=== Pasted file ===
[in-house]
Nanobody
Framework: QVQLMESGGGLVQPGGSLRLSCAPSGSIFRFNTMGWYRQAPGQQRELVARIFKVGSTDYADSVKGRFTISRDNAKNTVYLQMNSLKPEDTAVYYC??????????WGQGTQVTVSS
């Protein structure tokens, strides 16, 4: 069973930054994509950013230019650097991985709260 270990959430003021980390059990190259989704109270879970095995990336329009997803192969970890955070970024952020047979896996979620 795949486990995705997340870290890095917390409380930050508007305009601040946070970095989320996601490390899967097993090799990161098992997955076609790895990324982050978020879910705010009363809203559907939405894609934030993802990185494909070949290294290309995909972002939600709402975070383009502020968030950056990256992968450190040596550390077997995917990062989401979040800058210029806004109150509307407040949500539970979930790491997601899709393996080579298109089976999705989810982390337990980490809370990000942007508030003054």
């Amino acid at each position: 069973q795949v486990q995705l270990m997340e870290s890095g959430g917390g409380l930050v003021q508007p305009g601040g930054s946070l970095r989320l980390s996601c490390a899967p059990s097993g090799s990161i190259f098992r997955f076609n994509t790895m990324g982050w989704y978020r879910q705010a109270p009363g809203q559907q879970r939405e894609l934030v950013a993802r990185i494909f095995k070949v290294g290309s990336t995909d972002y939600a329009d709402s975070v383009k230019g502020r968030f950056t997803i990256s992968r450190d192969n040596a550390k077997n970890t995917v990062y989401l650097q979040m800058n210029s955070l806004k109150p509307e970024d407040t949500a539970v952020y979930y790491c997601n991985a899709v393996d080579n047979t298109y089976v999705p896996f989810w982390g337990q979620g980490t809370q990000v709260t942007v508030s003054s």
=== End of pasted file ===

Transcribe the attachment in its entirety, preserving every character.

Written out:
[in-house]
Nanobody
Framework: QVQLMESGGGLVQPGGSLRLSCAPSGSIFRFNTMGWYRQAPGQQRELVARIFKVGSTDYADSVKGRFTISRDNAKNTVYLQMNSLKPEDTAVYYC??????????WGQGTQVTVSS
């Protein structure tokens, strides 16, 4: 069973930054994509950013230019650097991985709260 270990959430003021980390059990190259989704109270879970095995990336329009997803192969970890955070970024952020047979896996979620 795949486990995705997340870290890095917390409380930050508007305009601040946070970095989320996601490390899967097993090799990161098992997955076609790895990324982050978020879910705010009363809203559907939405894609934030993802990185494909070949290294290309995909972002939600709402975070383009502020968030950056990256992968450190040596550390077997995917990062989401979040800058210029806004109150509307407040949500539970979930790491997601899709393996080579298109089976999705989810982390337990980490809370990000942007508030003054």
């Amino acid at each position: 069973q795949v486990q995705l270990m997340e870290s890095g959430g917390g409380l930050v003021q508007p305009g601040g930054s946070l970095r989320l980390s996601c490390a899967p059990s097993g090799s990161i190259f098992r997955f076609n994509t790895m990324g982050w989704y978020r879910q705010a109270p009363g809203q559907q879970r939405e894609l934030v950013a993802r990185i494909f095995k070949v290294g290309s990336t995909d972002y939600a329009d709402s975070v383009k230019g502020r968030f950056t997803i990256s992968r450190d192969n040596a550390k077997n970890t995917v990062y989401l650097q979040m800058n210029s955070l806004k109150p509307e970024d407040t949500a539970v952020y979930y790491c997601n991985a899709v393996d080579n047979t298109y089976v999705p896996f989810w982390g337990q979620g980490t809370q990000v709260t942007v508030s003054s």